End to End Inference Latencies for Edge based architecture sorted by response time (ms). This article explains the difference between the two plots.
As we can see here 95% percentile request latency is around 357ms.
As you can see the latency numbers are fairly high, the numbers we obtained here are more like upper bound latencies, there are many optimization opportunities, some of them are detailed below:
Cloud based architecture:
* Have multiple nodejs worker instances and load balance between.Have multiple deployments (us-east, us-west etc) and route the request to the closest deployment.
* Batch multiple input images and run batched inference on cloud.
* Use a different communication protocol like MQTT
geared more towards IOT / cloud connectivity to avoid overheads with HTTP.
Edge based architecture:
* Have an optimized implementation for your Edge device. In this case for Qualcomm Snapdragon 855 Development Kit [4
] inference would be accelerated on GPU / DSP or their NPU
* Most likely implementation on device would depend on native libraries through vendor frameworks like SNPE
* Optimize the data path consisting of image capture from camera to feeding the deep learning models to run inference.
We looked in detail at one of the factors to decide if you need Edge based solutions, as we saw if your application is tolerant to cloud latencies then cloud based inference would be the quickest way to get going. However if your application is latency sensitive then you can consider Edge based solutions. Be sure to benchmark your particular use case to pick one vs the other. In addition to latency these are some of the other reasons to consider Edge based solutions:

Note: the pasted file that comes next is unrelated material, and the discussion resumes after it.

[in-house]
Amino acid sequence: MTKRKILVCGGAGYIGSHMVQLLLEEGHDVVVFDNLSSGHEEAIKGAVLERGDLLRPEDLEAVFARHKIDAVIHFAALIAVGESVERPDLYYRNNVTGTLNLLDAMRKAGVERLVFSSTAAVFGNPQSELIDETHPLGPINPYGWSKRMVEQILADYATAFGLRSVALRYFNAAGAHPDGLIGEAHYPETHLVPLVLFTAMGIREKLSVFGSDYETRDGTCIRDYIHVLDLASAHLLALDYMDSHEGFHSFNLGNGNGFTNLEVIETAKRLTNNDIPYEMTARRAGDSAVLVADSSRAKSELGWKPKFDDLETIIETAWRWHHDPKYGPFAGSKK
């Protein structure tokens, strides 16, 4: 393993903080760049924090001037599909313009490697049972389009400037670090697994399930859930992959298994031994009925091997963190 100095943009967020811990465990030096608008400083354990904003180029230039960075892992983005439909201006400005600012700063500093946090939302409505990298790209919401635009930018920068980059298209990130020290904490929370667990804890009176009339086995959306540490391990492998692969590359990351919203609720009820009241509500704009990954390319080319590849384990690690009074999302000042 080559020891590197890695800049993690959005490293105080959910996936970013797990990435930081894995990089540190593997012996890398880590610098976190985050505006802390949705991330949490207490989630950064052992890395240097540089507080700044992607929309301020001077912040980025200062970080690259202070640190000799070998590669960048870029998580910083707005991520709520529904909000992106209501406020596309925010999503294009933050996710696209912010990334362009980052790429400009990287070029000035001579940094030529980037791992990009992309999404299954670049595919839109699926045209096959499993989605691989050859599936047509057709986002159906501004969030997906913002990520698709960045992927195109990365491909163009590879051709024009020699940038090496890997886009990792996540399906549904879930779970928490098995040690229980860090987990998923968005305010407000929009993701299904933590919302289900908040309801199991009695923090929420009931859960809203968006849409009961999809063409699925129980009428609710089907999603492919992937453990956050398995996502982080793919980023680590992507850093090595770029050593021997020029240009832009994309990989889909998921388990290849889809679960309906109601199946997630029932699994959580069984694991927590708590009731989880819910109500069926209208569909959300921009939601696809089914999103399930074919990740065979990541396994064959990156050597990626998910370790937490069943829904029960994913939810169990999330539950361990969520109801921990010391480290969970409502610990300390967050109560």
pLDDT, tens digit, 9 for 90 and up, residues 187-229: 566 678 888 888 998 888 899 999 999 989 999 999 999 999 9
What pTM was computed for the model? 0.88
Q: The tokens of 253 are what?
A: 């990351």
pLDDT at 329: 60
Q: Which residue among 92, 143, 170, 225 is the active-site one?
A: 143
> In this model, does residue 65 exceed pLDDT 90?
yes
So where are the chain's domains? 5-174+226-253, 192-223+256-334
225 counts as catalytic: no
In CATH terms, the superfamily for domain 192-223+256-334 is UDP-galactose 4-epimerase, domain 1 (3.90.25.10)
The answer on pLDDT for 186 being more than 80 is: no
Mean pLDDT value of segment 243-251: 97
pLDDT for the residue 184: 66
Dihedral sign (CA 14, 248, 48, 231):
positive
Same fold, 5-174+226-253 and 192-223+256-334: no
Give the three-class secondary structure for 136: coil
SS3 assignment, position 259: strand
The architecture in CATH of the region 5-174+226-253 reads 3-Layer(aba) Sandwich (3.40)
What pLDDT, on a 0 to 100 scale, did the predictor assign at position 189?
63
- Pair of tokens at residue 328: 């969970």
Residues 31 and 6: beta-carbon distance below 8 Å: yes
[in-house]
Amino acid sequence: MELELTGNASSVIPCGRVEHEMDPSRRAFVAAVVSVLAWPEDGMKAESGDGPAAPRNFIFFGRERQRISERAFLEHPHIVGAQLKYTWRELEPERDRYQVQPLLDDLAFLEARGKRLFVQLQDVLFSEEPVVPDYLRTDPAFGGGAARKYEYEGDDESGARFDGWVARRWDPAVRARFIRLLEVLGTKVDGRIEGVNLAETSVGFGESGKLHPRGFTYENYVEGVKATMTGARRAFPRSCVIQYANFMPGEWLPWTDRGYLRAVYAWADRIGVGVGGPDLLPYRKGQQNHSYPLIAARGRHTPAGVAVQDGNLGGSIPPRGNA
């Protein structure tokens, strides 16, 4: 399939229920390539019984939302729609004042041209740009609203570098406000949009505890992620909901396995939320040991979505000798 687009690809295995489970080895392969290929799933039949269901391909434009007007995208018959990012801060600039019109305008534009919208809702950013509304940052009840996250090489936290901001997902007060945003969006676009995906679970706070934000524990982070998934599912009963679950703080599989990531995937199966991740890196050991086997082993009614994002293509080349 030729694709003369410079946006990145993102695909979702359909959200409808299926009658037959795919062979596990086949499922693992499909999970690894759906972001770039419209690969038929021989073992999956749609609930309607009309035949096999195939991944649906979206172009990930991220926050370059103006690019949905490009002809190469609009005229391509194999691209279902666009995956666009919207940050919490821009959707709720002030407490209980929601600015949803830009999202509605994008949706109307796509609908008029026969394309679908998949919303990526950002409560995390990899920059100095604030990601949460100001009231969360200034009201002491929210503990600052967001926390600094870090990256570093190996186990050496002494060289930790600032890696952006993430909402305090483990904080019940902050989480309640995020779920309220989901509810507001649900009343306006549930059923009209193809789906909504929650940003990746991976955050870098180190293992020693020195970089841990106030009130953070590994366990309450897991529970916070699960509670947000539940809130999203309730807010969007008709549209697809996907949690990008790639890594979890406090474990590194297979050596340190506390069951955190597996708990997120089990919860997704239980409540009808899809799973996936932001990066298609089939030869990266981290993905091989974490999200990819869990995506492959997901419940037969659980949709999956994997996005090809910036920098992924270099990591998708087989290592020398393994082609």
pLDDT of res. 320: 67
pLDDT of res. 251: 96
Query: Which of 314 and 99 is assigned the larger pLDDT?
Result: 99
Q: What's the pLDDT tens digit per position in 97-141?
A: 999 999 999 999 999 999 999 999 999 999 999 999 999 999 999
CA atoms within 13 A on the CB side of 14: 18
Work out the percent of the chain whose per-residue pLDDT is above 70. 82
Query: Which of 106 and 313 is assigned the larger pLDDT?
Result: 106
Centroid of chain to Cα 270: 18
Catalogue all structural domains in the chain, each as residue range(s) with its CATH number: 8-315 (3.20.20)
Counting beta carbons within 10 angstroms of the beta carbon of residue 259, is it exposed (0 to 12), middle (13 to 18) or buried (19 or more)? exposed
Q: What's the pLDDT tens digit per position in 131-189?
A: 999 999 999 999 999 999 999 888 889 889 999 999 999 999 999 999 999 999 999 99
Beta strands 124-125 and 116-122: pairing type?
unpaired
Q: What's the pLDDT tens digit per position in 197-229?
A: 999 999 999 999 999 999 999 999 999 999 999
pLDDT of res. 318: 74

* You already have an existing deployment of Edge devices and want to leverage it to save on cloud compute costs.
* Privacy, you don’t want data to ever leave an edge device.
* Devices which are not fully connected / have poor connectivity to cloud, edge based solutions becomes inevitable
Future articles in the series will cover different components involved in an Edge based solution. Stay tuned!.